Corruption : Anthropological Perspectives (Anthropology, Culture and Society)

Haller, Dieter and Shore, Cris (Editors)
Pluto Press, London
0745321577 (pb)

Order this book?

Cover of book Corruption is a notoriously difficult subject to approach. In the past, studies of corruption were limited due to ethical concerns, cultural sensibilities, and methodological difficulties. Ethical concerns stemmed from the researchers having to resort to 'gift giving and bribery themselves, and researchers exposing informants and putting themselves in danger as they explored the nefarious realms of organized crime and corrupt politics (pp. 15-16). A normative trend towards protecting cultural sensibilities was also in place effectively making corruption research taboo. This trend would continue until the mid 1990s when Transparency International began publishing its annual Corruption Perception Index. Methodologically, corruption is difficult to approach because of its occult nature and because individuals are reluctant to admit their interaction with it even when it is pervasive. Sian Lazar in Chapter 5 'Citizens Despite the State: Everyday Corruption and Local Politics in El Alto Bolivia', provides an excellent exposition of how perceptions of corruption tend to ignore the actual individual's role in it while emphasizing corruption as part of others' interaction with the state. Lazar (p. 212) states:

Telling a story about corruption often serves more to highlight the moral integrity of the teller than anything else. Corruption is always somewhere else, perpetrated by someone else. It is further, relative the same act can be perceived by one person as corruption and by another as legitimate recompense for services rendered.

The methodological approach to corruption research remains grounded in the analysis of perceptions of corruption and almost entirely through one instrument, The Corruption Perception Index. As the ethnographic study by Lazar illustrates, perceptions of corruption are oblique; consequently, perceptions of corruption cannot be veraciously quantified.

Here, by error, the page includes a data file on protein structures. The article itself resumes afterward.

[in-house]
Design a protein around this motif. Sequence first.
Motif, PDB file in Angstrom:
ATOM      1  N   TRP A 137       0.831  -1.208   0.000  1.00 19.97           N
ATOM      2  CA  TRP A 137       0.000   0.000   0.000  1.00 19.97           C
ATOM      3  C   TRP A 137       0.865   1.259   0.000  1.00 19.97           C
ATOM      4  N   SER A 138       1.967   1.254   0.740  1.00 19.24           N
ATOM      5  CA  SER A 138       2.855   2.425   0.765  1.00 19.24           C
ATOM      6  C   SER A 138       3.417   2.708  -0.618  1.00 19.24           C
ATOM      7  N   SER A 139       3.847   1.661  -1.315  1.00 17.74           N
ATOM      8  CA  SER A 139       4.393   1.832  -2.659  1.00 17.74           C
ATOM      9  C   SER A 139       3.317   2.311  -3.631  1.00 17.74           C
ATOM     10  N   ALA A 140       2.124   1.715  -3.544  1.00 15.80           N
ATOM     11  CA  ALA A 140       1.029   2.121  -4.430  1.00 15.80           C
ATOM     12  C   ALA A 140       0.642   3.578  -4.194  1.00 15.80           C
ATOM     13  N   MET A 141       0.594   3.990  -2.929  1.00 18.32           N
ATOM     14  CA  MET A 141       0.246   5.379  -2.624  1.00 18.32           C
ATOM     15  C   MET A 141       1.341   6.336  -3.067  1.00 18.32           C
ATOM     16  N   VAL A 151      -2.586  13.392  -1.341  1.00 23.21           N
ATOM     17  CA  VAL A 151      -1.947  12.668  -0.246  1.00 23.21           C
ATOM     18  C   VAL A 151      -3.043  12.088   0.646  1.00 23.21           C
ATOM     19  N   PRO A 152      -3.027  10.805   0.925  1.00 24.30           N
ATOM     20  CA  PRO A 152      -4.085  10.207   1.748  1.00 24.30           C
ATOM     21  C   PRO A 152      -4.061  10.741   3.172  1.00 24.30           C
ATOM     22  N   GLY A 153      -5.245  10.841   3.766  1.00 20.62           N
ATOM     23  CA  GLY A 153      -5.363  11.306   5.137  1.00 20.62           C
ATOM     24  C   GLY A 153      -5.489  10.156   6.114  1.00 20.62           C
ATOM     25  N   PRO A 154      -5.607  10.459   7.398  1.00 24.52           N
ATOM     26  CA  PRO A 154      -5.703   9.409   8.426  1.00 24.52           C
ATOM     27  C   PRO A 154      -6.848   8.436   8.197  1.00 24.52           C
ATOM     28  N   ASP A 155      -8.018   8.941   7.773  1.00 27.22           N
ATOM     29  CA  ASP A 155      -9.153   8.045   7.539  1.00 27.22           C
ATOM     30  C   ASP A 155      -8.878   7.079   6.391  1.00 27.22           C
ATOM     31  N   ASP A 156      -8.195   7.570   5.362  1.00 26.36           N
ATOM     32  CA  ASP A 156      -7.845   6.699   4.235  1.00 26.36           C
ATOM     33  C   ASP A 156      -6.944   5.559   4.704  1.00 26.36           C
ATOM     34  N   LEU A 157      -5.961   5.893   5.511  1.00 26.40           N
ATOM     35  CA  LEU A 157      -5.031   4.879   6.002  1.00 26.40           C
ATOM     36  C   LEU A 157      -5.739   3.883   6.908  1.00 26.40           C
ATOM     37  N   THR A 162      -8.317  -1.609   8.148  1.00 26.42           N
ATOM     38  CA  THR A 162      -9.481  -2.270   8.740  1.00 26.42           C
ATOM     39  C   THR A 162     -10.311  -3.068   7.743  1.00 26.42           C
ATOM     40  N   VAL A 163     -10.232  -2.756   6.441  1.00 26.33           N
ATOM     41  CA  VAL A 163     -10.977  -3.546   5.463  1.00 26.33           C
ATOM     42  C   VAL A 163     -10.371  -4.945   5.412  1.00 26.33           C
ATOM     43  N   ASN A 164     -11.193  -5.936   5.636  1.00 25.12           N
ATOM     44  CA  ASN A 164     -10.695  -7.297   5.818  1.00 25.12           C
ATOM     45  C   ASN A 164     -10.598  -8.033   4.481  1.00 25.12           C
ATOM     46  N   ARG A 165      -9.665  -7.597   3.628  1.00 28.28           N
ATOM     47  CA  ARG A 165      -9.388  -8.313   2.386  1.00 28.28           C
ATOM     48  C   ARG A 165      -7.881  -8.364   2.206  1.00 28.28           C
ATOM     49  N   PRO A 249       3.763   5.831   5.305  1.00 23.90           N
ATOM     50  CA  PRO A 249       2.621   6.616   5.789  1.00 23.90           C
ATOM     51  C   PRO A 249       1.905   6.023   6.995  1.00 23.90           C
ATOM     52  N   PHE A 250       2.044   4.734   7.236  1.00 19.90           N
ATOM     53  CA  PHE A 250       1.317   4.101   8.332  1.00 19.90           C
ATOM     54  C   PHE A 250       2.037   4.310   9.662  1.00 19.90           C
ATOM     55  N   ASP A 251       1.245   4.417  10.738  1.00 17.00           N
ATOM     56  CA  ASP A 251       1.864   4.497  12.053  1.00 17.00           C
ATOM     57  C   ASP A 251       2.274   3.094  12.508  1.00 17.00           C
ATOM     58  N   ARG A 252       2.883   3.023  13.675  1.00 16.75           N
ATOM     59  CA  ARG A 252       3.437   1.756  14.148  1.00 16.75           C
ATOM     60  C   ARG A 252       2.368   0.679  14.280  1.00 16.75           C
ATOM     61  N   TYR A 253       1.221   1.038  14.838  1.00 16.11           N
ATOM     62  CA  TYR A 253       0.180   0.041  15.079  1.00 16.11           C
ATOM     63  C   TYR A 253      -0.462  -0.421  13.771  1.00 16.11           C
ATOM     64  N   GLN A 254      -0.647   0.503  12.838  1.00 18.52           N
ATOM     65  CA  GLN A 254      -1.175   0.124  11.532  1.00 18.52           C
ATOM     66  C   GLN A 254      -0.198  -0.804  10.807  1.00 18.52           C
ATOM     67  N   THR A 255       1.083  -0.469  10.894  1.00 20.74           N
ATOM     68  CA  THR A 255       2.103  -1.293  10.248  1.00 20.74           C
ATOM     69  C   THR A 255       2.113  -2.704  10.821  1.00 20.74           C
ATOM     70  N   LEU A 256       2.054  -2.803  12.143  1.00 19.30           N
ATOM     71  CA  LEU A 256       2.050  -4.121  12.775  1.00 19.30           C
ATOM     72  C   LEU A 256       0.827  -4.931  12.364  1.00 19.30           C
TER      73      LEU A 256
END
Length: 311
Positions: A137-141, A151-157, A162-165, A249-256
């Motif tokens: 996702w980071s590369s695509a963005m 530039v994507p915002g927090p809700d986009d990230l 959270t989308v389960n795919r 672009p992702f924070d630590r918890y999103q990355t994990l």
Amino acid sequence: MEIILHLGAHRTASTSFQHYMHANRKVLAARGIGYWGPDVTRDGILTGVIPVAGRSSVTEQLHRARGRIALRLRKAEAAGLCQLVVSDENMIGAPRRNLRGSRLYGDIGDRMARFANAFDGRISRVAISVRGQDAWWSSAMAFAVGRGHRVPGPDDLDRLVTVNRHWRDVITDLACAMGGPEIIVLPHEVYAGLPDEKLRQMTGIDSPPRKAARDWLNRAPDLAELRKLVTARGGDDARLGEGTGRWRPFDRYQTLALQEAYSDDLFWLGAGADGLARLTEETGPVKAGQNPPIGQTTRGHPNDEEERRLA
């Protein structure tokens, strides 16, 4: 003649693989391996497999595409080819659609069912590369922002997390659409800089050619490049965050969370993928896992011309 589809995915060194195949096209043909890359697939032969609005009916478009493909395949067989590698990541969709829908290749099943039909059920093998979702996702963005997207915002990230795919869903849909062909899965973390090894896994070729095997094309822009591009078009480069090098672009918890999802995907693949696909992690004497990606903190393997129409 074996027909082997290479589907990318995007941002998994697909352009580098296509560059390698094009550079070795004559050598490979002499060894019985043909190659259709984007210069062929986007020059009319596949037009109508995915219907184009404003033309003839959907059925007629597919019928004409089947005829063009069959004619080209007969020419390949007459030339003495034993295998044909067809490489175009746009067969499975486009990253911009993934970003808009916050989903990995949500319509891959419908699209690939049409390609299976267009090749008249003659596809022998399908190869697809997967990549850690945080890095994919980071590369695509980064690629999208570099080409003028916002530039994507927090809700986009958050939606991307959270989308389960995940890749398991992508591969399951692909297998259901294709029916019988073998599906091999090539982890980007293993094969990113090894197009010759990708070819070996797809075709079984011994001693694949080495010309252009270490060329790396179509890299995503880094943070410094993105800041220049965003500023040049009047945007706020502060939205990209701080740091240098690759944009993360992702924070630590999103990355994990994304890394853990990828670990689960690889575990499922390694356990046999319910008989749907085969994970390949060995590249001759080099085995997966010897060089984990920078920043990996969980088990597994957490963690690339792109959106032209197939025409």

Given that corruption is notoriously difficult to approach ontologically and methodologically, what can anthropology provide for the study of corruption? An anthropology of corruption is most important in terms of clarifying an ontology of corruption. For example, Shore and Haller (p.6) refer to corruption as an 'ethnographic enigma and a 'social fact' in the Durkheimian sense.' The later, corruption as a social fact, is of particular usefulness in explicating an ontology of corruption. As a social fact, Chapter 8 'Corruption in Corporate America Enron Before and After' illustrates that corruption is not limited to developing countries. In the case of corporate corruption in the United States (p 159):

Corruption is something more than mere outlaw behavior by a few corporate and political executives. It [corruption] is a part of corporate and political culture more pervasive and acceptable among elites than we realized. In short, it [corruption] is becoming institutionalized.